Green lessons at Bali school | Global Ideas | DW | 10.07.2013
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Global Ideas

Green lessons at Bali school

Climate protection and sustainability are high on the time table at the Green School in Bali where 200 students from all over the world are learning to preserve the planet. The school too is leading by example.

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Project goal: teaching kids about climate change to ensure sustainable protection of the environment
Project size: around 200 children from over 40 countries
Project volume: 6,000-10,000 Euros each year per child covered by sponsors and school tours
Carbon footprint: the school is made entirely of bamboo huts. Solar energy accounts for 80 percent of the electricity. In addition, composting toilets are used to produce biogas.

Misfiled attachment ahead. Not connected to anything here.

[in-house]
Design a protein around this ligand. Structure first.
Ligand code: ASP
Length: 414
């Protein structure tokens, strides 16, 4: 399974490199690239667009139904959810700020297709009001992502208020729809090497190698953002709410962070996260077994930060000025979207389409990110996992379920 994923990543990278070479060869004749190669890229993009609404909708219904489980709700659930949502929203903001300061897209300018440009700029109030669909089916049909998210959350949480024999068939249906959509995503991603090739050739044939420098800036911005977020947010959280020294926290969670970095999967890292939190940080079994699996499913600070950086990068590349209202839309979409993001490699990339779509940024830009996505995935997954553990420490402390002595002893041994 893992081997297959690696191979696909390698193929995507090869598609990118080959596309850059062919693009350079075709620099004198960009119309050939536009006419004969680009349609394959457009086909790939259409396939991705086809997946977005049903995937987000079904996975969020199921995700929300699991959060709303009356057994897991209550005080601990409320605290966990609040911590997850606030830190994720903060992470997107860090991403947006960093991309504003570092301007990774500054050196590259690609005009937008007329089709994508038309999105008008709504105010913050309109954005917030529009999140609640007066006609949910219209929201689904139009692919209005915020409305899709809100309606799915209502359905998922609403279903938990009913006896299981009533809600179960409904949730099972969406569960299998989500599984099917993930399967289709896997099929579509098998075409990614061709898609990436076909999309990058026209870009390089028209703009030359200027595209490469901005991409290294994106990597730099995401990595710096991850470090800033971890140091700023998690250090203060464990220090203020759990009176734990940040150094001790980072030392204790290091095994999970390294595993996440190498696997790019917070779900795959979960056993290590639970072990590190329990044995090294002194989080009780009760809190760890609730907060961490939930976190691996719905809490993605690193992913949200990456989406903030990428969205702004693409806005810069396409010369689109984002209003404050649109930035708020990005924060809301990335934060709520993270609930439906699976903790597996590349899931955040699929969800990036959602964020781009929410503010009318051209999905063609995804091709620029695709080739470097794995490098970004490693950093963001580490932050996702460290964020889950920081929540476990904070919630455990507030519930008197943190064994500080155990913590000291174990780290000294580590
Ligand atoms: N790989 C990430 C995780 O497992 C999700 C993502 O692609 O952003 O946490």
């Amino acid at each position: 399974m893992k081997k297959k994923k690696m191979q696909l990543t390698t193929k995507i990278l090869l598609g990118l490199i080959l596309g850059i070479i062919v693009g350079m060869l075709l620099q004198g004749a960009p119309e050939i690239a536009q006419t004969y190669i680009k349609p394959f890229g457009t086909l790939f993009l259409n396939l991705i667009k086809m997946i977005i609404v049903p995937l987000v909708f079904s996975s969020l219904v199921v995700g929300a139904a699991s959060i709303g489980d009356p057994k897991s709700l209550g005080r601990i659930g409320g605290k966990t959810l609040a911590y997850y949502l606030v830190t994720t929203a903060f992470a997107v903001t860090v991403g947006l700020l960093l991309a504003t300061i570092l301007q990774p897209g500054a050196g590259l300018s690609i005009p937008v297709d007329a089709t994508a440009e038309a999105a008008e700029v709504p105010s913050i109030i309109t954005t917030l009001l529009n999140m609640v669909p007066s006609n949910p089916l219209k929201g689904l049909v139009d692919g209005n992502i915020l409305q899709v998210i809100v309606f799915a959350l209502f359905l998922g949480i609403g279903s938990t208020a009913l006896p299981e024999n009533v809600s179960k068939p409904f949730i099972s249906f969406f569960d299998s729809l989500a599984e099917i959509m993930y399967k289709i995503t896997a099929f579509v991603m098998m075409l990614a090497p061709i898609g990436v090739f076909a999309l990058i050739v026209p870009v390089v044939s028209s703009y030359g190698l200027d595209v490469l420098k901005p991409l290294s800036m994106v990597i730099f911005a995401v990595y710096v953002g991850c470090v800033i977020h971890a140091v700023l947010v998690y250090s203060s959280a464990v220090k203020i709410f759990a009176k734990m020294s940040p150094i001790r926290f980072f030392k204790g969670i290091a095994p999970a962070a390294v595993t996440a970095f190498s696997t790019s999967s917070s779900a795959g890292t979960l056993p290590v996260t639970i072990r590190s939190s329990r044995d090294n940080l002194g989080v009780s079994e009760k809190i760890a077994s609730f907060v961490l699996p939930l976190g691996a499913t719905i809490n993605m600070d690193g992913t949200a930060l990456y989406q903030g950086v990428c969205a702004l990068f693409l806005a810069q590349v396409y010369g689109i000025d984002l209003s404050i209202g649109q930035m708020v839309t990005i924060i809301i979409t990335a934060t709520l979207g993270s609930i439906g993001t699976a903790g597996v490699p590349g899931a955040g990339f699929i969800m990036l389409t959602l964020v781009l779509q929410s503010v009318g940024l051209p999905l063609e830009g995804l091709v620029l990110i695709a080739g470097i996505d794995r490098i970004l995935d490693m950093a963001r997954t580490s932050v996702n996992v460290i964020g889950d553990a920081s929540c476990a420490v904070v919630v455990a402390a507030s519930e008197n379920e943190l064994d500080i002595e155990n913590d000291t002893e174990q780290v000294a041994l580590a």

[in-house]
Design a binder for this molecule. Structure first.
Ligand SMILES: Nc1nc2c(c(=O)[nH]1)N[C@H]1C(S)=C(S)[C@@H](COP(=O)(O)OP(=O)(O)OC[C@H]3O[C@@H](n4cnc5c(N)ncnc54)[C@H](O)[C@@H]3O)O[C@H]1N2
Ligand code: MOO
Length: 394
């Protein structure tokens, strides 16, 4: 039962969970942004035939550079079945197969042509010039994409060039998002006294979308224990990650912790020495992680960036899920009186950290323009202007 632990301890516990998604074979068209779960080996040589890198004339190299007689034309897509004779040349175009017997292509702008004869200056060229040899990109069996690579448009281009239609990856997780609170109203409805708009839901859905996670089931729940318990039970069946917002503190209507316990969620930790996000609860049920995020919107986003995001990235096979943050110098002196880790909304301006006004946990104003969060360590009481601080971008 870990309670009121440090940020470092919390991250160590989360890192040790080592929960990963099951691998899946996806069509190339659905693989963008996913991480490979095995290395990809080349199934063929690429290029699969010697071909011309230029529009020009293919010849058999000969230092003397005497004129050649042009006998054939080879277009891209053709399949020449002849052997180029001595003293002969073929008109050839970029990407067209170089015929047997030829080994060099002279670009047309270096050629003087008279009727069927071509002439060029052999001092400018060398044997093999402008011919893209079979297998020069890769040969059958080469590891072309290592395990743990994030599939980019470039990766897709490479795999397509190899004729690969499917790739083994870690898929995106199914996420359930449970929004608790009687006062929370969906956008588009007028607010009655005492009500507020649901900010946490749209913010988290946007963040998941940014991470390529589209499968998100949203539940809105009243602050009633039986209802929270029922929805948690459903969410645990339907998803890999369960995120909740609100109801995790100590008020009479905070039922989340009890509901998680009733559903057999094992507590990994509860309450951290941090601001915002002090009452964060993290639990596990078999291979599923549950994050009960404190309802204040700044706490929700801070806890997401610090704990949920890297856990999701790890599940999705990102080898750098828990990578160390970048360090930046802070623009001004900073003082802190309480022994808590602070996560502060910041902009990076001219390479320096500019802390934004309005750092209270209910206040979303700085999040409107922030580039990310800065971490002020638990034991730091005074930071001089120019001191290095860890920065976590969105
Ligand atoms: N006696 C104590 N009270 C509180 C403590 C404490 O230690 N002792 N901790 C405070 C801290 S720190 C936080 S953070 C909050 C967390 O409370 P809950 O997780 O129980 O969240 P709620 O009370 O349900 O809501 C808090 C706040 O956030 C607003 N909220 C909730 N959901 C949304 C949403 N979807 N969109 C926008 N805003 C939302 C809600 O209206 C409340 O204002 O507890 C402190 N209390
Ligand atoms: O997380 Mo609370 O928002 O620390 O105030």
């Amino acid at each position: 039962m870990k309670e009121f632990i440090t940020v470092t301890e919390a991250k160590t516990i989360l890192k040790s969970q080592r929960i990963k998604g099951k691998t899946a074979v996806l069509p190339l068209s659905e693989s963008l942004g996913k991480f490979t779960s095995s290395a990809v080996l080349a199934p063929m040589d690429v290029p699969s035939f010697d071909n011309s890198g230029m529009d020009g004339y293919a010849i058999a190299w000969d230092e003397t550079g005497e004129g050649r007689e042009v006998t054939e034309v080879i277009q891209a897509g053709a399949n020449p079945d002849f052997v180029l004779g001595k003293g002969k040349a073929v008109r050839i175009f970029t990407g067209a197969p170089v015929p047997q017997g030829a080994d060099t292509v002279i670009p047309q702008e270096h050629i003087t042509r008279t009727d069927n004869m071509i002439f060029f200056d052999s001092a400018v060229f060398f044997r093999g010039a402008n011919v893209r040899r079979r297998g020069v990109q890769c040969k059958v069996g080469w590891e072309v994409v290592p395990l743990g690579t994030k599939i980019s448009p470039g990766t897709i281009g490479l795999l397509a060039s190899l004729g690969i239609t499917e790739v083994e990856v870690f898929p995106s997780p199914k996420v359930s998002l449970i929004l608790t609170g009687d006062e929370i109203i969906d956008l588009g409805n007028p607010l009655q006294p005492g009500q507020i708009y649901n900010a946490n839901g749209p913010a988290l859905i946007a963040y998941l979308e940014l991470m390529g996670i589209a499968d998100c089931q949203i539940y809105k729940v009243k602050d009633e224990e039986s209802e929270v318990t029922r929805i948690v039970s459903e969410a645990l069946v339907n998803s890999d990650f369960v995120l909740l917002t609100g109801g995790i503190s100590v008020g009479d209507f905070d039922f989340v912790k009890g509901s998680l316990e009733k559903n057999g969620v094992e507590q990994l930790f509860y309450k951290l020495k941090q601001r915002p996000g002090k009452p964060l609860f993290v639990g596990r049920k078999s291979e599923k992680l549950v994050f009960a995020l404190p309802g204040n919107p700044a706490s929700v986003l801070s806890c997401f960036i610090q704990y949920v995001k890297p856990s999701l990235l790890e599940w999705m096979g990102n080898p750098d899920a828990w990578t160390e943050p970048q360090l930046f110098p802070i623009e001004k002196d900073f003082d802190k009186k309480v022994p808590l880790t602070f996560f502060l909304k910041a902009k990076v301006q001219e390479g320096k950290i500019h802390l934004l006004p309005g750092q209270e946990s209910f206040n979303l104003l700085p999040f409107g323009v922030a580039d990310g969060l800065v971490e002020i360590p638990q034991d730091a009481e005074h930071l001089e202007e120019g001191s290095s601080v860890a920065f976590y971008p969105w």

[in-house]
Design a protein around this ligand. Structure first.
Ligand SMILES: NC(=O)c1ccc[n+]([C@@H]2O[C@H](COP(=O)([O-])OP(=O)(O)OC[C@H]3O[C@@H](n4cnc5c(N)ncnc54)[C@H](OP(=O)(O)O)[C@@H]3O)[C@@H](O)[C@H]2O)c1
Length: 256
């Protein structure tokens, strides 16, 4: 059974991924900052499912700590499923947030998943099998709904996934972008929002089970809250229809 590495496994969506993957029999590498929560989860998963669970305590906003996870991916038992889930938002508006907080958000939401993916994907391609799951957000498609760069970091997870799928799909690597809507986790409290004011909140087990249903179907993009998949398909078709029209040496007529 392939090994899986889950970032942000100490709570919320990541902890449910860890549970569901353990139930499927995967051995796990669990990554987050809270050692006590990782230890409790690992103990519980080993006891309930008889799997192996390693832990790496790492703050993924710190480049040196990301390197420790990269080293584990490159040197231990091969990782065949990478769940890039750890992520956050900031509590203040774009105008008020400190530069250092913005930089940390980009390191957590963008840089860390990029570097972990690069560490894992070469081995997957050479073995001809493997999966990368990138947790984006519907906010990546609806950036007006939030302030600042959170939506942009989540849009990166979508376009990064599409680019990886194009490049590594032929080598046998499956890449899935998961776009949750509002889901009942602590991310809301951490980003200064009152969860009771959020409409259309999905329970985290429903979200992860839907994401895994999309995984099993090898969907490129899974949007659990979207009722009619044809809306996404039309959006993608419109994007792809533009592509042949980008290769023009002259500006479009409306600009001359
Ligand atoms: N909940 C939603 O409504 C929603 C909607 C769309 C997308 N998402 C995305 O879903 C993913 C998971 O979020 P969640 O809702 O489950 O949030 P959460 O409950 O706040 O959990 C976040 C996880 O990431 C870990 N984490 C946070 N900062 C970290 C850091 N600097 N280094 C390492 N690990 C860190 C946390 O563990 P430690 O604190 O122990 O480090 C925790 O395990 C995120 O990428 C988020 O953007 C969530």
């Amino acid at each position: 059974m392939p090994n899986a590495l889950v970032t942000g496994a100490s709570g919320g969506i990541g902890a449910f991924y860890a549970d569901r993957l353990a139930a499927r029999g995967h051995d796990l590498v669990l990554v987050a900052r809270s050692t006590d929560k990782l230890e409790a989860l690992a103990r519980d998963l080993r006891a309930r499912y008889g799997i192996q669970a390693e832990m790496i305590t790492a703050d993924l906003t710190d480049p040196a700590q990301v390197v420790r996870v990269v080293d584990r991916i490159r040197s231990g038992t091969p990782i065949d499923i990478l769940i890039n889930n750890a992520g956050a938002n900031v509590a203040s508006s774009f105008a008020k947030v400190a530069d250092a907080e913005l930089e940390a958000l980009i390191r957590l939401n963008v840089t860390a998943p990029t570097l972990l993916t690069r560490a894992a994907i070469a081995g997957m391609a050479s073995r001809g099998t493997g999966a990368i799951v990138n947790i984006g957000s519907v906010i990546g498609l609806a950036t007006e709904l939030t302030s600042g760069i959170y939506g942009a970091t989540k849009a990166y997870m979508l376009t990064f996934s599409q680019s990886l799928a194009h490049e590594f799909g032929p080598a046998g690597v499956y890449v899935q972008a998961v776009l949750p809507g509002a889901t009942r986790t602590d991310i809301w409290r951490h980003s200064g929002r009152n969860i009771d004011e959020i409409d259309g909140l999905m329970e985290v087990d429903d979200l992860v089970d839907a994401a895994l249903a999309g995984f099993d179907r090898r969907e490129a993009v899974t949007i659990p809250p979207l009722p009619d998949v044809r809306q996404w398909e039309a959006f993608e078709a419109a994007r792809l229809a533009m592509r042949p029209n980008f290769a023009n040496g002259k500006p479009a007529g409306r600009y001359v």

In the primeval forest of Bali in Indonesia, children from over 40 nations are enrolled at the Green School where they’re learning how to save the planet. For 14-year-old Nina from Berlin, the school located on the Ayung river is a dream come true. This is where she’s learning all about climate protection and sustainability – in a school that hardly emits any greenhouse gases itself and thus leads by example. The Green School is the centerpiece of a green village community. The 75 buildings on the campus are built from locally-sourced and sustainable materials. The walls are made of bamboo, the roofs are covered with straw and other construction materials include earth, volcanic rock and mud. The school is surrounded by tropical rainforests and rice fields that are looked after by the students. The school’s aim is to prepare and sensitize children and teenagers like Nina to find their way in a world plagued by environmental problems.

A film by Juri Rescheto

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